African Journal of Agricultural Research
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Article Number - C3FA75665887


Vol.12(36), pp. 2729-2741 , September 2017
DOI: 10.5897/AJAR2016.11282
ISSN: 1991-637X



Full Length Research Paper

Husbandry practices and phenotypic characteristics of indigenous goat populations in Ethiopia



H. Gatew
  • H. Gatew
  • Department of Animal Science, Debre Berhan University, P. O. Box 445, Debre Berhan, Ethiopia.
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H. Hassen
  • H. Hassen
  • International Center for Agricultural Research in the Dry Areas (ICARDA), C/o ILRI, P. O. Box 5689, Addis Ababa, Ethiopia.
  • Google Scholar
K. Kebede
  • K. Kebede
  • School of Animal and Range Sciences, Haramaya University, P. O. Box 138, Dire Dawa, Ethiopia.
  • Google Scholar
A. Haile
  • A. Haile
  • International Center for Agricultural Research in the Dry Areas (ICARDA), C/o ILRI, P. O. Box 5689, Addis Ababa, Ethiopia.
  • Google Scholar
R. N. B. Lobo
  • R. N. B. Lobo
  • Brazilian Agricultural Research Corporation-Embrapa Goats and Sheep, FazendaTres Lagoas-Estrada Sobral Groaíras, Km 4 ,Caixa Postal 145 - CEP 62010-970 – Sobral-CE-Brazil.
  • Google Scholar
A.Yetayew
  • A.Yetayew
  • Andassa Livestock Research Center, P. O. Box 27, Behir Dar, Ethiopia.
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B. Rischkowsky
  • B. Rischkowsky
  • International Center for Agricultural Research in the Dry Areas (ICARDA), C/o ILRI, P. O. Box 5689, Addis Ababa, Ethiopia.
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 Received: 01 June 2016  Accepted: 12 August 2017  Published: 07 September 2017

Copyright © 2017 Author(s) retain the copyright of this article.
This article is published under the terms of the Creative Commons Attribution License 4.0


The present study was conducted with the objective to characterize the husbandry practices and phenotypic characteristics of mature Bati, Borana and Short-eared Somali goats kept under traditional management systems so that the information generated can be used in designing breeding programs. The study was covered five districts in four administrative zones of Ethiopia representing Bati (in Oromia Zone) and Kalu (in South Wollo Zone) for Bati goats; Yabello (in Borana Zone) for Borana goats and Shinille and Erer (in Siti Zone) for Short-Eared Somali goats. A total of 345 households interview was made and phenotypic measurements were taken on 601(468 females and 133 males) heads of adult goats with 4 pair of permanent incisors (PPI). However, because of difficulty of finding adequate number of 4PPI sample males, measurements were taken from 2PPI and above males. In this study, in number, goats accounted for 72.01, 50.93 and 47.38% of other livestock species in Siti, around Bati and Borana, respectively. The least square mean (±SE) of goat flock size (44.02±3.33) per household in Siti was significantly (p<0.05) higher than those observed in Borana (23.08±1.94) and Bati area (8.99±0.59). The major challenges of goat rearing in the studied areas include feed and water shortage, disease incidence and recurrent drought with different order of prioritization. Plain brown (deep and light) (51.85%) coat color was the predominant coat color observed on Bati goats of both sexes. Meanwhile, plain white coat color was most frequently observed on Borana goats (71.54%) and only 36.27% in Short-eared Somali goats. Though most quantitative traits showed slightly higher average values in the Bati goats, differences with Borana goats were not significant (p>0.05),whereas Short-eared Somali goats remained significantly (p<0.05) lower for most of the body measurement characteristics. The canonical analysis done on phenotypic measurements also put Bati and Borana goats closer by discriminating Short-eared Somali goat populations. The similarities between Bati and Borena goats and significance divergence of Short-eared Somali goats in phenotypic measurements suggested that the need of further molecular characterization study to validate information from phenotypic characterization. Correlation coefficient was consistently highest between live weight and chest girth in both sexes across the goat populations. Hence, linear measurements could be valuable to estimate live body weight for those farm communities where sensitive weighing scales are not readily available.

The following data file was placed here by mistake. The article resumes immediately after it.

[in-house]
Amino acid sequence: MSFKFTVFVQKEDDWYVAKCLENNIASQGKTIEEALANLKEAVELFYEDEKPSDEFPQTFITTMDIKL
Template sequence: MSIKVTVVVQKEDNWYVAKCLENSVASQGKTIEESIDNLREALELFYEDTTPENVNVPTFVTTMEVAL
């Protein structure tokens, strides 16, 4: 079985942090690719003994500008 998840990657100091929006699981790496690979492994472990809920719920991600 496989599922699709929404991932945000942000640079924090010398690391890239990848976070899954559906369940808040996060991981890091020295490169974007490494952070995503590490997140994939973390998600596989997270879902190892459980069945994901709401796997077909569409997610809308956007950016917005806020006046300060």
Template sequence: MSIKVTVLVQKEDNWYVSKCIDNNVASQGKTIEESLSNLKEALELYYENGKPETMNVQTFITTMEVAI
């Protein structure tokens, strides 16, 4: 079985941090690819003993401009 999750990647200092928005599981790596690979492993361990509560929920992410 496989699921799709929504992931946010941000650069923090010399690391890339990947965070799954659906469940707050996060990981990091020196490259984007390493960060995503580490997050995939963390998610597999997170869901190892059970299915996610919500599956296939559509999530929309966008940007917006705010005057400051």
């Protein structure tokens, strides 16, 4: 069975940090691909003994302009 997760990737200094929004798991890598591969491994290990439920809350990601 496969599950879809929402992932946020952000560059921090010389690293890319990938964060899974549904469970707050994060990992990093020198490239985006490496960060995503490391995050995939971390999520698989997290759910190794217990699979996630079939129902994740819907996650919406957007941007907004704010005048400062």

Key words: Ethiopia, husbandry practices, phenotypic characteristics, indigenous goats.

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APA Gatew, H., Hassen, H., Kebede, K., Haile, A., Lobo, R. N. B., Yetayew, A., & Rischkowsky, B. (2017). Husbandry practices and phenotypic characteristics of indigenous goat populations in Ethiopia. African Journal of Agricultural Research, 12(36), 2729-2741.
Chicago H. Gatew, H. Hassen, K. Kebede, A. Haile, R. N. B. Lobo, A.Yetayew and B. Rischkowsky. "Husbandry practices and phenotypic characteristics of indigenous goat populations in Ethiopia." African Journal of Agricultural Research 12, no. 36 (2017): 2729-2741.
MLA H. Gatew, et al. "Husbandry practices and phenotypic characteristics of indigenous goat populations in Ethiopia." African Journal of Agricultural Research 12.36 (2017): 2729-2741.
   
DOI 10.5897/AJAR2016.11282
URL http://www.academicjournals.org/journal/AJAR/article-abstract/C3FA75665887

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